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Rose Valley

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c. 1780–1930, William L. Price, Price and McLanahan, William Grey Purcell, Howell Lewis Shay, and others. Rose Valley and Possum Hollow Rds., 2 miles south of Media

Among Frank Furness's many apprentices was William L. Price, whose early houses in Wayne ( DE46) show the influence of his teacher's functional representationalism. In the 1890s, Price joined the national trend toward historical revivals in a series of spectacular mansions including Alan Wood's sumptuous “Woodmont” ( MO14). With the founding of his Arts and Crafts community at Rose Valley in 1901, Price would have shared the train to and from Philadelphia with his old master, which perhaps accounts for reemploying some of Furness's modern principles in Rose Valley's architecture.

Rose Valley had its beginnings as a summer escape where William White, founding bishop of the American Episcopal Church, had a modest central-hall, one-room-deepplan stone house off the present Old Mill Lane. According to local history, it was White who named the valley for its wild roses. His house's red tile roof reflects its renovation during the village's Arts and Crafts period. Waterpower from the Ridley Creek and from small tributaries gave the valley a place in the region's industrial history, leading to the construction of a snuff mill and one of the nation's largest woolen mills, with rows of workers’ housing nearby. The shift to steam-and then electric-powered motors ended the industrial use of waterpower and, by the early twentieth century, the mills were abandoned, making it possible for Price to purchase the site and to found the community. Here he would challenge the scientific management processes of Frederick Winslow Taylor then being pioneered in Philadelphia factories.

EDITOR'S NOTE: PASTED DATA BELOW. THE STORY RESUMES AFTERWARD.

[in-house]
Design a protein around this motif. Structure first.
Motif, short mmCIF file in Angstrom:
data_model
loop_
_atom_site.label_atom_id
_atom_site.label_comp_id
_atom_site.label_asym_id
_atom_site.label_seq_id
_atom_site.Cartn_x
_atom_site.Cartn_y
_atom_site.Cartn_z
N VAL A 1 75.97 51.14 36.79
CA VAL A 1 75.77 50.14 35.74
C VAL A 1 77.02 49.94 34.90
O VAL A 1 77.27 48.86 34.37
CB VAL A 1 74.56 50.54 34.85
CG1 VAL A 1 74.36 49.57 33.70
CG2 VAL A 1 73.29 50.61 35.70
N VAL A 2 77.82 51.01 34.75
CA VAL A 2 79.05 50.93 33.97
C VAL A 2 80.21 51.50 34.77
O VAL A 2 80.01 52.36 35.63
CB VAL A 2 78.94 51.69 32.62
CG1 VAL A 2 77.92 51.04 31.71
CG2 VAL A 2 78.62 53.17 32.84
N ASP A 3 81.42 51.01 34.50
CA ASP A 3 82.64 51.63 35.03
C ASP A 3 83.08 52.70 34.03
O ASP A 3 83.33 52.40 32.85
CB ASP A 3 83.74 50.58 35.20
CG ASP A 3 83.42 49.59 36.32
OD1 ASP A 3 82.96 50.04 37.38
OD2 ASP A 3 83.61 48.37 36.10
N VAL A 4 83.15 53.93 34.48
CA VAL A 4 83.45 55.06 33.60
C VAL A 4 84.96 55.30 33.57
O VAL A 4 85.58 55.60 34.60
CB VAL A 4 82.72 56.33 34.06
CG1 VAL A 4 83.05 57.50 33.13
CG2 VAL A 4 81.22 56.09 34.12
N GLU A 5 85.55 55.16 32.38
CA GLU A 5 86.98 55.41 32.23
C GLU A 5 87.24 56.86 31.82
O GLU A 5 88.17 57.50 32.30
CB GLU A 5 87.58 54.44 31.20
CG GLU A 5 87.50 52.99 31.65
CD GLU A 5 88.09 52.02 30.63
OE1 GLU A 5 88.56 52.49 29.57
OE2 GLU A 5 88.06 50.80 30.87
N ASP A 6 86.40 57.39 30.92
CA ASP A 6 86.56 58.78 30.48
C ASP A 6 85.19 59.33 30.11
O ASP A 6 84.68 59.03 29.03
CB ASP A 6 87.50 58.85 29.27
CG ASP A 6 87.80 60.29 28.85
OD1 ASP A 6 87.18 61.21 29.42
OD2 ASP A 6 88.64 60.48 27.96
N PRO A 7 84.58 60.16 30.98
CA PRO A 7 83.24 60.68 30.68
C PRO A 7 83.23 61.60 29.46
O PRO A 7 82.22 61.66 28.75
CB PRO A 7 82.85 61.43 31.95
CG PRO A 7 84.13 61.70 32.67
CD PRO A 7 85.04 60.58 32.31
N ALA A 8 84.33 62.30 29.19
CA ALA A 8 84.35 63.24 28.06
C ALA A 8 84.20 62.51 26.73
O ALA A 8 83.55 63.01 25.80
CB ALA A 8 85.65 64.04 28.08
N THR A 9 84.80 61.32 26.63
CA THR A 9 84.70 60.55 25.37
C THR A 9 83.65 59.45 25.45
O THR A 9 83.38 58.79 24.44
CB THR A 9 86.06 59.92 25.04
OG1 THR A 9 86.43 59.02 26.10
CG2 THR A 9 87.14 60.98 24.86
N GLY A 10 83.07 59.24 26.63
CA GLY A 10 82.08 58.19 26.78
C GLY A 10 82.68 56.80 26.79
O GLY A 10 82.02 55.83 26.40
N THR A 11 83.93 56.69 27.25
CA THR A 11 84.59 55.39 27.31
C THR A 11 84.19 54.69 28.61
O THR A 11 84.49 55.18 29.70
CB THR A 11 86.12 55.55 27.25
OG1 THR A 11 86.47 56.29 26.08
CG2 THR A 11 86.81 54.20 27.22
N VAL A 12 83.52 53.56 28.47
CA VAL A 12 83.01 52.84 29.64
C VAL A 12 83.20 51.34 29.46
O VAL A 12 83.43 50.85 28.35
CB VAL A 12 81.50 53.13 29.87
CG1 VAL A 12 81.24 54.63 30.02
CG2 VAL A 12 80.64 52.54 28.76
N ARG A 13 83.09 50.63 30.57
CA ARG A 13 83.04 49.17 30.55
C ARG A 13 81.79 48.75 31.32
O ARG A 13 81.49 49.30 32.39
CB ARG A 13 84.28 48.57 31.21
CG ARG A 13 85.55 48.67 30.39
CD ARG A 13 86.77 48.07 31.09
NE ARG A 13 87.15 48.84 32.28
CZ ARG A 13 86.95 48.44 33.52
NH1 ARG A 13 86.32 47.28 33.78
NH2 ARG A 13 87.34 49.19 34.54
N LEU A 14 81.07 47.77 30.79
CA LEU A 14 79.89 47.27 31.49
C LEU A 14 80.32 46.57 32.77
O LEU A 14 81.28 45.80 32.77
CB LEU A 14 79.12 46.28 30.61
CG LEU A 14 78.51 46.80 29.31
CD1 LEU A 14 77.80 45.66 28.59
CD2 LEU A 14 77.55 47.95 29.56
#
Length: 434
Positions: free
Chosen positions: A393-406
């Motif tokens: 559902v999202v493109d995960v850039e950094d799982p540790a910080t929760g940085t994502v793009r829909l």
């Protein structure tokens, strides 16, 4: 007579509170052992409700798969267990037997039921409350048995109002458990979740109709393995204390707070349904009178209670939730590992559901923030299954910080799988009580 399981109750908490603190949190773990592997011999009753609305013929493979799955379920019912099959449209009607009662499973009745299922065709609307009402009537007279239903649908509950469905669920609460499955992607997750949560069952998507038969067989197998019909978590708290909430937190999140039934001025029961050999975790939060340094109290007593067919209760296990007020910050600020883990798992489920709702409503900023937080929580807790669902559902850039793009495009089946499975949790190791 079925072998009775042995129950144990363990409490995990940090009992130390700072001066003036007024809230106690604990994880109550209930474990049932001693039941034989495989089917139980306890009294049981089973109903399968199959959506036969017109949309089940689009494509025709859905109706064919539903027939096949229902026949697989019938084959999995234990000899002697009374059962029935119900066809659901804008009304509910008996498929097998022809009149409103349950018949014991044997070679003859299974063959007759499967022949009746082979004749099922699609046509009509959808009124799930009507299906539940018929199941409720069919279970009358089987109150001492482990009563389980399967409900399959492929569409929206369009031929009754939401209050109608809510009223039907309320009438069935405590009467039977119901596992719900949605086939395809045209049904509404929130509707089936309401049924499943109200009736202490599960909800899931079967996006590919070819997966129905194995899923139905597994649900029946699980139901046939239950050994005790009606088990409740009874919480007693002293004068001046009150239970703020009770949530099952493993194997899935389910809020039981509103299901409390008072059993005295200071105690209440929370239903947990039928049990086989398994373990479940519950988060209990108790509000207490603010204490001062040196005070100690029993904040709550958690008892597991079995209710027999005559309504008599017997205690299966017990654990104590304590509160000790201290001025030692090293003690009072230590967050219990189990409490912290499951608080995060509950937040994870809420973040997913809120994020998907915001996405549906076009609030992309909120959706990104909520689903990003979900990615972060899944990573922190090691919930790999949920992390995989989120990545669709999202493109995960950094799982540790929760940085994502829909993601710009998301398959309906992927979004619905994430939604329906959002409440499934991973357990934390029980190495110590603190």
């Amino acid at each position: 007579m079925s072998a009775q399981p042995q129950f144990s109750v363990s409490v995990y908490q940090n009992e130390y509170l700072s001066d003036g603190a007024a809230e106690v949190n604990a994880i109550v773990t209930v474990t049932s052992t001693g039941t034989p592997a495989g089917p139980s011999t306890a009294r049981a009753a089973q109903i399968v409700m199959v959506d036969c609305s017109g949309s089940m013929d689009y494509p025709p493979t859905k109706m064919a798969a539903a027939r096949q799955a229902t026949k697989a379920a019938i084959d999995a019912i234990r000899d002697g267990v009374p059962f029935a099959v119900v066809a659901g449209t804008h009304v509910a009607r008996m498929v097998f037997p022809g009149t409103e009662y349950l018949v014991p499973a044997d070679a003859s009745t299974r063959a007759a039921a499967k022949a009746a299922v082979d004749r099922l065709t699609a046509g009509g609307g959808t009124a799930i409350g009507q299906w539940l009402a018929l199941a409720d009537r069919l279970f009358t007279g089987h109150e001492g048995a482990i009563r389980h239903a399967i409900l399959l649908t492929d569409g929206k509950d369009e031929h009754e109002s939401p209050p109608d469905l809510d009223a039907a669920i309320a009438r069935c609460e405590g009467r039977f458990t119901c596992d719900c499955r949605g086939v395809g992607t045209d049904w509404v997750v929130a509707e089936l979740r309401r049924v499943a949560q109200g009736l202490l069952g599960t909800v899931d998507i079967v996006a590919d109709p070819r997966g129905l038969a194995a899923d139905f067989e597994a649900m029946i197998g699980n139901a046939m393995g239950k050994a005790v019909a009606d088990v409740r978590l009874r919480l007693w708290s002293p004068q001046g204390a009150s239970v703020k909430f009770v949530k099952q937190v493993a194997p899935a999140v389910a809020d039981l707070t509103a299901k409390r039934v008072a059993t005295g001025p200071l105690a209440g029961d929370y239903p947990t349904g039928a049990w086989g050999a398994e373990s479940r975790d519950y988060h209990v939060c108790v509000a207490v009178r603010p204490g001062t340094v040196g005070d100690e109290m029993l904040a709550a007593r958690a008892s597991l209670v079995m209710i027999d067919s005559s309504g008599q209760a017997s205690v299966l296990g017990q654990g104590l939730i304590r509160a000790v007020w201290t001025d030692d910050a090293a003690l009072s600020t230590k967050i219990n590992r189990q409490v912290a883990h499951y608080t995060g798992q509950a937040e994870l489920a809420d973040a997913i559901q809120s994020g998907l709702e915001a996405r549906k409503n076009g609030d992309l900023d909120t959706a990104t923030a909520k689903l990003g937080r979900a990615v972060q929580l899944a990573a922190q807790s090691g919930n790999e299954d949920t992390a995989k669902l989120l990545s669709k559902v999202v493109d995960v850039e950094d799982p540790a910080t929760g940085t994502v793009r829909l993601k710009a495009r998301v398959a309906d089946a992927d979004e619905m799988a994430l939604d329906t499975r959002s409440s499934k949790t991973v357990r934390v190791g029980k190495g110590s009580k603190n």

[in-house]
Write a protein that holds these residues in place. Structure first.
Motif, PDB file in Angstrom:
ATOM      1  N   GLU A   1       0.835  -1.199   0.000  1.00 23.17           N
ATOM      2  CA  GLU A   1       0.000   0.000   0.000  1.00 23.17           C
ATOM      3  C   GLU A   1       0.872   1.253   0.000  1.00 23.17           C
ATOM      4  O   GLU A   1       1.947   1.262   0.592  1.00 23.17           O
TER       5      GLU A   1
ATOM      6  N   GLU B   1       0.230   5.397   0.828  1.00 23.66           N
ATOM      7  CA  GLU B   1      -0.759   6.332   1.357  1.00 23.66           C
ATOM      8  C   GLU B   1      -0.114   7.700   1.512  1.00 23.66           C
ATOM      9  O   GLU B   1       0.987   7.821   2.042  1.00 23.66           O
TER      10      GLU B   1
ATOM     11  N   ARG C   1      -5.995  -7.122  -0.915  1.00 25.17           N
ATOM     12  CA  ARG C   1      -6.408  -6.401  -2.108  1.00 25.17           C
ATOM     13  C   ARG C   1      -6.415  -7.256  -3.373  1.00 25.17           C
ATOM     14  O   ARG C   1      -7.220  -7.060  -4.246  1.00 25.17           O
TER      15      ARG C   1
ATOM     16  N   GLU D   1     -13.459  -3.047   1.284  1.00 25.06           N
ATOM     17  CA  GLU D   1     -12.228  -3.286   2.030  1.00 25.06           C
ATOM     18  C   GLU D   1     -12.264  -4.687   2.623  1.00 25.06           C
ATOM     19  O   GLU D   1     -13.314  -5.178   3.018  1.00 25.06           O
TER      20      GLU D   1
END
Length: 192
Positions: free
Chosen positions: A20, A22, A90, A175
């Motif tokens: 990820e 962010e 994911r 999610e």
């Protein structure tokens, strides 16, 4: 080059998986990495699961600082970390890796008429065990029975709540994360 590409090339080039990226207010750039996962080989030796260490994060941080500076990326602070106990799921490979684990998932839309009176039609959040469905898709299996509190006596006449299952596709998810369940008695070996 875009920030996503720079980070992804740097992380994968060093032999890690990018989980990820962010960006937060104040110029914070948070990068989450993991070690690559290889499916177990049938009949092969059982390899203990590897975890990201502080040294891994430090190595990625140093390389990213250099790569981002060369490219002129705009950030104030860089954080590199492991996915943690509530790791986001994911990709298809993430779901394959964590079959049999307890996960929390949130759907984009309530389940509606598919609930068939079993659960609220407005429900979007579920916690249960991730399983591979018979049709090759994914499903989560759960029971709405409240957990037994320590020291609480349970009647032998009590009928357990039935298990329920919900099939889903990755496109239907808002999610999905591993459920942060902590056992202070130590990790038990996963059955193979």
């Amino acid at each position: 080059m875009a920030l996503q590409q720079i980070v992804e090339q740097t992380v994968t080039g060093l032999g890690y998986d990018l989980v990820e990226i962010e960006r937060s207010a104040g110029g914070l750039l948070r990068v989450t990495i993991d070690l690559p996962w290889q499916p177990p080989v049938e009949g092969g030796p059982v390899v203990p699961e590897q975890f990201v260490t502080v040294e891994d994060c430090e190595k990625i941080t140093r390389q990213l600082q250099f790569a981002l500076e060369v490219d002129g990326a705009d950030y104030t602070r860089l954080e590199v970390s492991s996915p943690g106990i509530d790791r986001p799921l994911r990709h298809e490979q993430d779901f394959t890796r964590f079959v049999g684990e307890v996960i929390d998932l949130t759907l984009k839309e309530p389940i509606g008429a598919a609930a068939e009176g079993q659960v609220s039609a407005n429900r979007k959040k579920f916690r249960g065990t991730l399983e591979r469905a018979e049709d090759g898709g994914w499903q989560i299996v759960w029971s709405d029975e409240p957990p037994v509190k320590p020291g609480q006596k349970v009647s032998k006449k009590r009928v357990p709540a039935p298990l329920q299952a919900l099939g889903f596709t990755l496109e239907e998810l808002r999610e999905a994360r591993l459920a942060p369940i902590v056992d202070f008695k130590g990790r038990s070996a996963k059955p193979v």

Writing Credits

Author: 
George E. Thomas
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Citation

George E. Thomas, "Rose Valley", [Rose Valley, Pennsylvania], SAH Archipedia, eds. Gabrielle Esperdy and Karen Kingsley, Charlottesville: UVaP, 2012—, http://sah-archipedia.org/buildings/PA-02-DE26.

Print Source

Cover: Buildings of PA vol 2

Buildings of Pennsylvania: Philadelphia and Eastern Pennsylvania, George E. Thomas, with Patricia Likos Ricci, Richard J. Webster, Lawrence M. Newman, Robert Janosov, and Bruce Thomas. Charlottesville: University of Virginia Press, 2012, 224-225.

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